Taking the little money and the vast amount of kindness he has been given, Jean Valjean slowly becomes an honest (and wealthy) man who helps those in need. But his new found way of life and the respect he has earned becomes threatened one day when the police officer, Javert, starts to recognise him. But that is just one story being told here, several stories run parallel to one another through this book and begin to entwine more and more as the novel progresses. Another is the story of Fantine and her illegitimate daughter - Cosette. Forced into prostitution in order to feed her child, Fantine is a woman who looks old for her age and no longer has the sparkle of joy in her eye that she enjoyed back when she was allowed to be naive. Cosette, meanwhile, is mistreated by the foster family who agree to take care of her while Fantine "works" in the nearby town. Other stories include that of Marius and Eponine, but there are many more.

The city goes to bed
And I can live inside my head


The above lyrics are from one of the musical's best known songs - On My Own - and are sung by one of the most fascinating characters of the novel, Eponine. Eponine's tale is an old one, one of unrequited love but it is far from cheesy. Marius describes her as an "unhappy soul" and nothing can be much more accurate. She is a sad, complex and unfortunate character, which I suppose they all are in Les Miserables, but Eponine has a special place in my heart because of several important actions on her part which have always deeply affected me in the musical and now in the book. But she is far from weak, she has been toughened by life, made ugly by poverty, and she is ferociously independent. Yeah, I like her.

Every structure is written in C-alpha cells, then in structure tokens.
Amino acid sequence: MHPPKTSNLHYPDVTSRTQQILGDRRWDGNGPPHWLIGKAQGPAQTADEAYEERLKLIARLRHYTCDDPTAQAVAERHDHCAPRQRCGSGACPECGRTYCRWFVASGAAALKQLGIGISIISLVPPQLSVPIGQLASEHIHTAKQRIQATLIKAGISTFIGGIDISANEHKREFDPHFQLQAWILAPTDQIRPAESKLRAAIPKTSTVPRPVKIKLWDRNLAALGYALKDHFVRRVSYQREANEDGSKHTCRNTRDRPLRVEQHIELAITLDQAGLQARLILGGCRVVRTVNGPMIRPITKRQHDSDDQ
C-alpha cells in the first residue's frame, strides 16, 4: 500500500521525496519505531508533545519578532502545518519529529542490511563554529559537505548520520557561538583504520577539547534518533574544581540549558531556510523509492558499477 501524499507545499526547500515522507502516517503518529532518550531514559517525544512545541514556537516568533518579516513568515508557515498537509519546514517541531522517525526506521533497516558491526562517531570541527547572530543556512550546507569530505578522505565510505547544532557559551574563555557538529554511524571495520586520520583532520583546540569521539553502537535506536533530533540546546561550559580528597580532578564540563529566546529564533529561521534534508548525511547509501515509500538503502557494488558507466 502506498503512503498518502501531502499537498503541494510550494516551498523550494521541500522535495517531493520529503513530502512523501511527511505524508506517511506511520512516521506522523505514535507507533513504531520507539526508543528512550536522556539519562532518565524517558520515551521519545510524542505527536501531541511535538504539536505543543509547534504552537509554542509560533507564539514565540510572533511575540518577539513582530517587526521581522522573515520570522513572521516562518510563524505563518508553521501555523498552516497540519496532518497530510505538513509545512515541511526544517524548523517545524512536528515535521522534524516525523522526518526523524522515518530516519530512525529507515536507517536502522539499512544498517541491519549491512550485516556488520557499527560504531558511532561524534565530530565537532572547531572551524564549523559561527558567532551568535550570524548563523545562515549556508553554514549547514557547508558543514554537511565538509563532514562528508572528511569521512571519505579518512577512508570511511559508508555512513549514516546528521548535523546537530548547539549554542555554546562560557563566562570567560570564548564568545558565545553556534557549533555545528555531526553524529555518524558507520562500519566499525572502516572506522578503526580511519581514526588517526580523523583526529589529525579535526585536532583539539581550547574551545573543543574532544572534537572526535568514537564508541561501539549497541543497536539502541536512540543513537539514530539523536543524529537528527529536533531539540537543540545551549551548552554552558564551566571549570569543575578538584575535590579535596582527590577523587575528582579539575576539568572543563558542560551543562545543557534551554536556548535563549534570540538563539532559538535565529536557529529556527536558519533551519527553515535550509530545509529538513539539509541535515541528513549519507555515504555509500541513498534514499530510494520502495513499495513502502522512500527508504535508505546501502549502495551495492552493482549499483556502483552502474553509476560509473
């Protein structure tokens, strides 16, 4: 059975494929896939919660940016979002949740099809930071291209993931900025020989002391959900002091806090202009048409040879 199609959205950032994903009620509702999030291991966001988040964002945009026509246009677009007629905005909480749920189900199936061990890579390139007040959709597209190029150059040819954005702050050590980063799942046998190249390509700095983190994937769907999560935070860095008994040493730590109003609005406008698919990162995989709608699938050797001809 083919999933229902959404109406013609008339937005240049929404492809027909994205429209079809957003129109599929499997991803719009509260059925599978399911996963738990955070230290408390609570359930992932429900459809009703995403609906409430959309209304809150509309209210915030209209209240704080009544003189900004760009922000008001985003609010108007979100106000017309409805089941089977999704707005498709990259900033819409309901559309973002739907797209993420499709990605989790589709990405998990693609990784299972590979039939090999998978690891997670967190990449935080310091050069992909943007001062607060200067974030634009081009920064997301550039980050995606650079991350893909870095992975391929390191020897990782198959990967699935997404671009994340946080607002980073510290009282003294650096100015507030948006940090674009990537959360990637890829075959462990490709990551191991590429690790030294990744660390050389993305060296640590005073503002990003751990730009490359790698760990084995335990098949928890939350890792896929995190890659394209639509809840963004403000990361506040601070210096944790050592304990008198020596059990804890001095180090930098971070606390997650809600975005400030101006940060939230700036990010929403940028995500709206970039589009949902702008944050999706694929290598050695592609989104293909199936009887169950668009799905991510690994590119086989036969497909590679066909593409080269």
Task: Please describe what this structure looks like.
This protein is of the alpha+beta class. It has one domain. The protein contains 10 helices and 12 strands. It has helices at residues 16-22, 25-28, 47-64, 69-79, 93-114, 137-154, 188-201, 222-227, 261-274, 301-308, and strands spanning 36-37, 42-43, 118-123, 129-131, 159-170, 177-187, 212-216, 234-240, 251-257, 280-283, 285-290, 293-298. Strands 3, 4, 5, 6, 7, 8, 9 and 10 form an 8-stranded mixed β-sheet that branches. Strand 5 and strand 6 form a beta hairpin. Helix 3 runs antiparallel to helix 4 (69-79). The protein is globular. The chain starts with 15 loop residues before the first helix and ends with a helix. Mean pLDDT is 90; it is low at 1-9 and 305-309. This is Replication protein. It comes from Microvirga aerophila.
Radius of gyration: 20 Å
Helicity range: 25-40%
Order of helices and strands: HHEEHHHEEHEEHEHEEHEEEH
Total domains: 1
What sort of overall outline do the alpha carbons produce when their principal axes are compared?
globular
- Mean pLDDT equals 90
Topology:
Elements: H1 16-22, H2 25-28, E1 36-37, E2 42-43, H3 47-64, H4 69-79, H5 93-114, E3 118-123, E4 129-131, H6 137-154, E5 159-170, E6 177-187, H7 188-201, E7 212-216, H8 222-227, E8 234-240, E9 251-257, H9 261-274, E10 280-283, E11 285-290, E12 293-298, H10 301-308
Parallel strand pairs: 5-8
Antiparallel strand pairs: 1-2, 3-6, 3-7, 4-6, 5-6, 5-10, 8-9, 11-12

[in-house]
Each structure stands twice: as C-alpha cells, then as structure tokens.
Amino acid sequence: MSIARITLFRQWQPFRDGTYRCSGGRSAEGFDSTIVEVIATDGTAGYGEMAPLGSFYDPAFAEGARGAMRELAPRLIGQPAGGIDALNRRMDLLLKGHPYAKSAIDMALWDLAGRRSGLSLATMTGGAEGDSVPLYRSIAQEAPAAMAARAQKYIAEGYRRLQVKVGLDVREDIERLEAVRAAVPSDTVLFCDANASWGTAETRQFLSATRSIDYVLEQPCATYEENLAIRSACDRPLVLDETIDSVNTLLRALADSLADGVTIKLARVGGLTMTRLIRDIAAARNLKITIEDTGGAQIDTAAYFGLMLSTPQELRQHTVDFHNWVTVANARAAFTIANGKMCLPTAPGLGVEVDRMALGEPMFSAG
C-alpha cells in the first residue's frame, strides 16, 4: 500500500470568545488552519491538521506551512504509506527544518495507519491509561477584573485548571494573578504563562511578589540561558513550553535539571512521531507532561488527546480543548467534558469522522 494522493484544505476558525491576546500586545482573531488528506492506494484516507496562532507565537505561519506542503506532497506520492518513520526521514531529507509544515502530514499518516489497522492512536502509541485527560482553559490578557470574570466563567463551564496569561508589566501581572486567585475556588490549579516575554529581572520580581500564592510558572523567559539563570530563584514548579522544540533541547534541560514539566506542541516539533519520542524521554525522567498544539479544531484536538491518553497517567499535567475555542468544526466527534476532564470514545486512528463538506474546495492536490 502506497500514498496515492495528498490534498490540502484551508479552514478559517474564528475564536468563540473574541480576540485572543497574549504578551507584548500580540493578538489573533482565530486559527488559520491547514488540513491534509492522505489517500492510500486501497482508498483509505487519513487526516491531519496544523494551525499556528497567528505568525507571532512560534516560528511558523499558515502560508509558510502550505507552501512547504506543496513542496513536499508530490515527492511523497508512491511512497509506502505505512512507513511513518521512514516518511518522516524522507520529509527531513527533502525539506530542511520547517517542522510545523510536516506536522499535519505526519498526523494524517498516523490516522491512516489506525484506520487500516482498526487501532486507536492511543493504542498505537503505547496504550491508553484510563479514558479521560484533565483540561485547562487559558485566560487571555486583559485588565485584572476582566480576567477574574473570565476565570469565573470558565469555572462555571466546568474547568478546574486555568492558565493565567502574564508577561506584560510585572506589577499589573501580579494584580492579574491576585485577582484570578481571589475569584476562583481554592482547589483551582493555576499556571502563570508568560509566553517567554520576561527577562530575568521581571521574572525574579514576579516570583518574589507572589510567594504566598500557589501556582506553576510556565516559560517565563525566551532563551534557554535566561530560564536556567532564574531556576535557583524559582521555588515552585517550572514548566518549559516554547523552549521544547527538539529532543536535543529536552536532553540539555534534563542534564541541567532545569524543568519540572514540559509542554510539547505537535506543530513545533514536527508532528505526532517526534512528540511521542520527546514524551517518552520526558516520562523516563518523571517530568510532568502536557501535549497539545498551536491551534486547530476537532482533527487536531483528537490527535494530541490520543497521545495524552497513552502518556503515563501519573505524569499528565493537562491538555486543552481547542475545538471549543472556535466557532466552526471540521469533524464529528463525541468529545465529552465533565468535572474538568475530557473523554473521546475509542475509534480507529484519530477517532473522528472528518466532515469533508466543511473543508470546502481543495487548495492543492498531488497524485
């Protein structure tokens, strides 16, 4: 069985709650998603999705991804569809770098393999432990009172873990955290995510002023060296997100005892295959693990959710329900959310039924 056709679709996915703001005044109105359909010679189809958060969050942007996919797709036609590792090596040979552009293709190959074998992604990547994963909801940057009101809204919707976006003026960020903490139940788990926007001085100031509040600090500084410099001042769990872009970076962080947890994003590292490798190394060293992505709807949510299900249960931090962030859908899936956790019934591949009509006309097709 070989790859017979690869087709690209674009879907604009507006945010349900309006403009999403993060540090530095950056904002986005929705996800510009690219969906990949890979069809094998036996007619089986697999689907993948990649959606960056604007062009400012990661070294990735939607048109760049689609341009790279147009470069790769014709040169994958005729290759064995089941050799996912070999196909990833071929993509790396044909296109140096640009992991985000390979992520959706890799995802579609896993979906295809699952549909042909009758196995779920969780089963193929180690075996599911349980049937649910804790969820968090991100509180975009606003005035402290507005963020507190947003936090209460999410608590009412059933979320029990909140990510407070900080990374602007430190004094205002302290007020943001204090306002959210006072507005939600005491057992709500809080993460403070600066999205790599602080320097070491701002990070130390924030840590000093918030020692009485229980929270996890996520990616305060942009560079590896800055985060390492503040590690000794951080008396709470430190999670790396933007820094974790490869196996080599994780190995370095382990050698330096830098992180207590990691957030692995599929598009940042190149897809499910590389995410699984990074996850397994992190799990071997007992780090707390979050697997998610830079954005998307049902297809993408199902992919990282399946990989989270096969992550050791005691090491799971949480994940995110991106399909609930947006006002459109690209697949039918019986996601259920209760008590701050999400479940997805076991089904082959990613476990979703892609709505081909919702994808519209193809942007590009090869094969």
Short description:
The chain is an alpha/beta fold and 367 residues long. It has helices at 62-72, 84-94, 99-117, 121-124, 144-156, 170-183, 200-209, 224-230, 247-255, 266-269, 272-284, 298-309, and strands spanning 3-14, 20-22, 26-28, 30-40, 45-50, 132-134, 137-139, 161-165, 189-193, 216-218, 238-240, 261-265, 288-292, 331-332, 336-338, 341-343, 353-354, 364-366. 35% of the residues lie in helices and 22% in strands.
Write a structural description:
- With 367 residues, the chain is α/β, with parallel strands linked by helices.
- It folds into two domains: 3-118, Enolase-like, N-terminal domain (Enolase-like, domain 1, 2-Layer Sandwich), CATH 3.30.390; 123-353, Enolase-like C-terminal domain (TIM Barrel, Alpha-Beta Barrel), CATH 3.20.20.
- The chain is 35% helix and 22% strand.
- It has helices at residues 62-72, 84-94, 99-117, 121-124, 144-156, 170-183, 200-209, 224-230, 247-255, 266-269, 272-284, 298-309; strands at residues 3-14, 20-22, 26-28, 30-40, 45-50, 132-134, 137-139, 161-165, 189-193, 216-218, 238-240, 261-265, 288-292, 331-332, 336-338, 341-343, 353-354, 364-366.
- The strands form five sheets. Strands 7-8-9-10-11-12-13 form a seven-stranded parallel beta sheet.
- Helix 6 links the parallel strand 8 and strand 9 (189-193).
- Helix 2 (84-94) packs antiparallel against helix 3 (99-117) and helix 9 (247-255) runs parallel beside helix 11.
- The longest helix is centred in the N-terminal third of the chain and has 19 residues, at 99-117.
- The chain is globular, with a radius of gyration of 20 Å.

Here they talked of revolution
Here it was they lit the flame
Here they sang about tomorrow
And tomorrow never came.


This book is also often considered historical fiction, indeed it is hard to fit it into any one genre, but it does chronicle the events leading up to and including the Paris uprising of 1832 and the messages in the novel include themes of revolution. It is a deeply thoughtful novel that challenges attitudes held at the time in many ways. To use one example, a court of law was ready to sentence an innocent man to life imprisonment because he was slow and uneducated and therefore couldn't speak eloquently in his defence. Perhaps this book is nothing more than an entertaining but dark story that Hugo wrote to grip and shock people, but to me this is a highly political novel that makes many statements about law and justice in France during this period. I find it hard to dismiss Hugo's observations of the treatment of those who are poor and unintelligent as anything other than criticisms of society. But that is just me. I think I can say that you will be affected by this, whether you will thank me for it or not, well, that depends on how easily you tolerate a depressing read. But I've saved my favourite and the most uplifting song for last:

Do you hear the people sing?
Singing a song of angry men?
It is the music of a people who will not be slaves again!
When the beating of your heart
Echoes the beating of the drums
There is a life about to start when tomorrow comes!